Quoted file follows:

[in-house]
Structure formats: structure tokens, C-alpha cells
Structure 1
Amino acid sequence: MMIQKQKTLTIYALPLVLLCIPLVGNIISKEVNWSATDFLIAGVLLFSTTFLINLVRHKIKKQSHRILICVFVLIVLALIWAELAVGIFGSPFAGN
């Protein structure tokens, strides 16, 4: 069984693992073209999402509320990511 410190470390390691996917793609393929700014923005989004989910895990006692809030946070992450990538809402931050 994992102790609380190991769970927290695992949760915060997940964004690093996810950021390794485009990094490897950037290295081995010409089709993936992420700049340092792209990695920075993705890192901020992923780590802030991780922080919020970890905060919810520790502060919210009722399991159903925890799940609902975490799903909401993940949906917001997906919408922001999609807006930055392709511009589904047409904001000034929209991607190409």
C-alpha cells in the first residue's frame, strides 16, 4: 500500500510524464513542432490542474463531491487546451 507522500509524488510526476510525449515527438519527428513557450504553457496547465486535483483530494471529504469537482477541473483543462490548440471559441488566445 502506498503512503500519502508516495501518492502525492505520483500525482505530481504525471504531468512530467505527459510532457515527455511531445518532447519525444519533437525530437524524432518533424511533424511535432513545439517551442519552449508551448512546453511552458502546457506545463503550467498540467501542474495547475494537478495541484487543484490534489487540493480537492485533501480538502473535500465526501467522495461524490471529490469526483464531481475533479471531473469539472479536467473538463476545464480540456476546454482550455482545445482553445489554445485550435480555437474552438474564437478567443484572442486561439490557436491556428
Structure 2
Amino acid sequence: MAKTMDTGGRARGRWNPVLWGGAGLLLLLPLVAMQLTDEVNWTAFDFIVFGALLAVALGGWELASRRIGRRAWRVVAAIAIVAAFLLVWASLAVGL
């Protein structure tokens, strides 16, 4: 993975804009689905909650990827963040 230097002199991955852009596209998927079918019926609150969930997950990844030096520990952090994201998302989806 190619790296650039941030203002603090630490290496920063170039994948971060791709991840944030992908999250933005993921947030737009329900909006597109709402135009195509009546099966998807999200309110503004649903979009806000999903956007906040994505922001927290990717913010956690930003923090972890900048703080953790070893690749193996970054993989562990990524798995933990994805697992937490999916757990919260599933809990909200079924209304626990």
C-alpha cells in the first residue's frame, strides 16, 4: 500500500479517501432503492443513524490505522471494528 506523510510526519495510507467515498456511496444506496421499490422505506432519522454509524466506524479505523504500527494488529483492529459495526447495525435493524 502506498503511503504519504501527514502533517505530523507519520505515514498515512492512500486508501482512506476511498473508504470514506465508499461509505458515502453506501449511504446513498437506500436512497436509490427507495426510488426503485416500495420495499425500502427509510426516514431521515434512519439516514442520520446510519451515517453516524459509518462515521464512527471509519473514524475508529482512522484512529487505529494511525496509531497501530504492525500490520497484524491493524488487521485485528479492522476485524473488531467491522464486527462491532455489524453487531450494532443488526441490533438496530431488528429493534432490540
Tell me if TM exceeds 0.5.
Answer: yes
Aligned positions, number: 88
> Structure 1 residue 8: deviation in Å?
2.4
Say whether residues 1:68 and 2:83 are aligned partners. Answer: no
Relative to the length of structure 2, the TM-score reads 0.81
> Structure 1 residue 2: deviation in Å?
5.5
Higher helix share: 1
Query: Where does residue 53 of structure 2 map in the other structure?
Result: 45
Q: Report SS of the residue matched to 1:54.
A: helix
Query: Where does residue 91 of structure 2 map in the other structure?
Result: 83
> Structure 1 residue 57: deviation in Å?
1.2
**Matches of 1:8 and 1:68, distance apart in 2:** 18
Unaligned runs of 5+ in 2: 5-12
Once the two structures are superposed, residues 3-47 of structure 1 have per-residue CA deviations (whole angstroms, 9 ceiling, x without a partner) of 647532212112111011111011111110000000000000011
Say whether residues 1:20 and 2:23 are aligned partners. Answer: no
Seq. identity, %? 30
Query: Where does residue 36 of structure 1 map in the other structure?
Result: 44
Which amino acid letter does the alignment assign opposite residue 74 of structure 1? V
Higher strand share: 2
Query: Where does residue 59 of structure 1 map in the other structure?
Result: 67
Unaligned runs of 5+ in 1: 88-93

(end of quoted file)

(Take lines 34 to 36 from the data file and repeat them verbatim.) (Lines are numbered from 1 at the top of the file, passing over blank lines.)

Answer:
Query: Where does residue 36 of structure 1 map in the other structure?
Result: 44
Which amino acid letter does the alignment assign opposite residue 74 of structure 1? V